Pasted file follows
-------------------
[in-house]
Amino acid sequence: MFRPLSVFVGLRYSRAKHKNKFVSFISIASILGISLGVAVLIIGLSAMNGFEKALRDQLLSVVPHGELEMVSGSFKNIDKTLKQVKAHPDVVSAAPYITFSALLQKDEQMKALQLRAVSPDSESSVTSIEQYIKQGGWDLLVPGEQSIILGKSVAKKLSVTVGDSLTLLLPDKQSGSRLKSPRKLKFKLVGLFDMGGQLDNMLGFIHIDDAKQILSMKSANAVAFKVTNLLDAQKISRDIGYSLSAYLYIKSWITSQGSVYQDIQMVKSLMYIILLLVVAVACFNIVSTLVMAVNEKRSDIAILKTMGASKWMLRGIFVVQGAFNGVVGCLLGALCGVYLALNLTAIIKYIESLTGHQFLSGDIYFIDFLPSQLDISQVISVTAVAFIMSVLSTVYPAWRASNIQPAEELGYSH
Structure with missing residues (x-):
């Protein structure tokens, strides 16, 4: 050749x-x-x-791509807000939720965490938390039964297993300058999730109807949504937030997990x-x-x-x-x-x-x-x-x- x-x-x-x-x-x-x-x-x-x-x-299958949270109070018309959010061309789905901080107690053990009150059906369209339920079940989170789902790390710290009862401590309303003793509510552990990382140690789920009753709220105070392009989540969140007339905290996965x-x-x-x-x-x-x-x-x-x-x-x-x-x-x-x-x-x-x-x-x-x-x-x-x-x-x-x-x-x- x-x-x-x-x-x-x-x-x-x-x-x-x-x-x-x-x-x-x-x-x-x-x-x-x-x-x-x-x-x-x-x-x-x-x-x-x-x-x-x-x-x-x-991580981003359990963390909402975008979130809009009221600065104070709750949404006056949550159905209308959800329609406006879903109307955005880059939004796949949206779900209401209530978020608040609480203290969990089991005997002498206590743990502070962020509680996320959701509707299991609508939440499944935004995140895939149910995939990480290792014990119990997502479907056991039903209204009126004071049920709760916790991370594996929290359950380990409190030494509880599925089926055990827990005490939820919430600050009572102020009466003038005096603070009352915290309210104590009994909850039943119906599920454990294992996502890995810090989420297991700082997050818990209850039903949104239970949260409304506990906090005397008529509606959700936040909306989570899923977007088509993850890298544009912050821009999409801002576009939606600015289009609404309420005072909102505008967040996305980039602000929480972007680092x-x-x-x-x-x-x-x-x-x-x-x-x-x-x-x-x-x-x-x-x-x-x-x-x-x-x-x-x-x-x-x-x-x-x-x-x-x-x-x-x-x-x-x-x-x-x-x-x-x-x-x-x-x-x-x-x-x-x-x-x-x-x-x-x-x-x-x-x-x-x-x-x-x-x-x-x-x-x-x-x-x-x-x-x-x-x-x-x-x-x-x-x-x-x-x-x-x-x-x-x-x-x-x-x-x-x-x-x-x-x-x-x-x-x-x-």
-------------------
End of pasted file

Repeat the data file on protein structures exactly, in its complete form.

[in-house]
Amino acid sequence: MFRPLSVFVGLRYSRAKHKNKFVSFISIASILGISLGVAVLIIGLSAMNGFEKALRDQLLSVVPHGELEMVSGSFKNIDKTLKQVKAHPDVVSAAPYITFSALLQKDEQMKALQLRAVSPDSESSVTSIEQYIKQGGWDLLVPGEQSIILGKSVAKKLSVTVGDSLTLLLPDKQSGSRLKSPRKLKFKLVGLFDMGGQLDNMLGFIHIDDAKQILSMKSANAVAFKVTNLLDAQKISRDIGYSLSAYLYIKSWITSQGSVYQDIQMVKSLMYIILLLVVAVACFNIVSTLVMAVNEKRSDIAILKTMGASKWMLRGIFVVQGAFNGVVGCLLGALCGVYLALNLTAIIKYIESLTGHQFLSGDIYFIDFLPSQLDISQVISVTAVAFIMSVLSTVYPAWRASNIQPAEELGYSH
Structure with missing residues (x-):
């Protein structure tokens, strides 16, 4: 050749x-x-x-791509807000939720965490938390039964297993300058999730109807949504937030997990x-x-x-x-x-x-x-x-x- x-x-x-x-x-x-x-x-x-x-x-299958949270109070018309959010061309789905901080107690053990009150059906369209339920079940989170789902790390710290009862401590309303003793509510552990990382140690789920009753709220105070392009989540969140007339905290996965x-x-x-x-x-x-x-x-x-x-x-x-x-x-x-x-x-x-x-x-x-x-x-x-x-x-x-x-x-x- x-x-x-x-x-x-x-x-x-x-x-x-x-x-x-x-x-x-x-x-x-x-x-x-x-x-x-x-x-x-x-x-x-x-x-x-x-x-x-x-x-x-x-991580981003359990963390909402975008979130809009009221600065104070709750949404006056949550159905209308959800329609406006879903109307955005880059939004796949949206779900209401209530978020608040609480203290969990089991005997002498206590743990502070962020509680996320959701509707299991609508939440499944935004995140895939149910995939990480290792014990119990997502479907056991039903209204009126004071049920709760916790991370594996929290359950380990409190030494509880599925089926055990827990005490939820919430600050009572102020009466003038005096603070009352915290309210104590009994909850039943119906599920454990294992996502890995810090989420297991700082997050818990209850039903949104239970949260409304506990906090005397008529509606959700936040909306989570899923977007088509993850890298544009912050821009999409801002576009939606600015289009609404309420005072909102505008967040996305980039602000929480972007680092x-x-x-x-x-x-x-x-x-x-x-x-x-x-x-x-x-x-x-x-x-x-x-x-x-x-x-x-x-x-x-x-x-x-x-x-x-x-x-x-x-x-x-x-x-x-x-x-x-x-x-x-x-x-x-x-x-x-x-x-x-x-x-x-x-x-x-x-x-x-x-x-x-x-x-x-x-x-x-x-x-x-x-x-x-x-x-x-x-x-x-x-x-x-x-x-x-x-x-x-x-x-x-x-x-x-x-x-x-x-x-x-x-x-x-x-």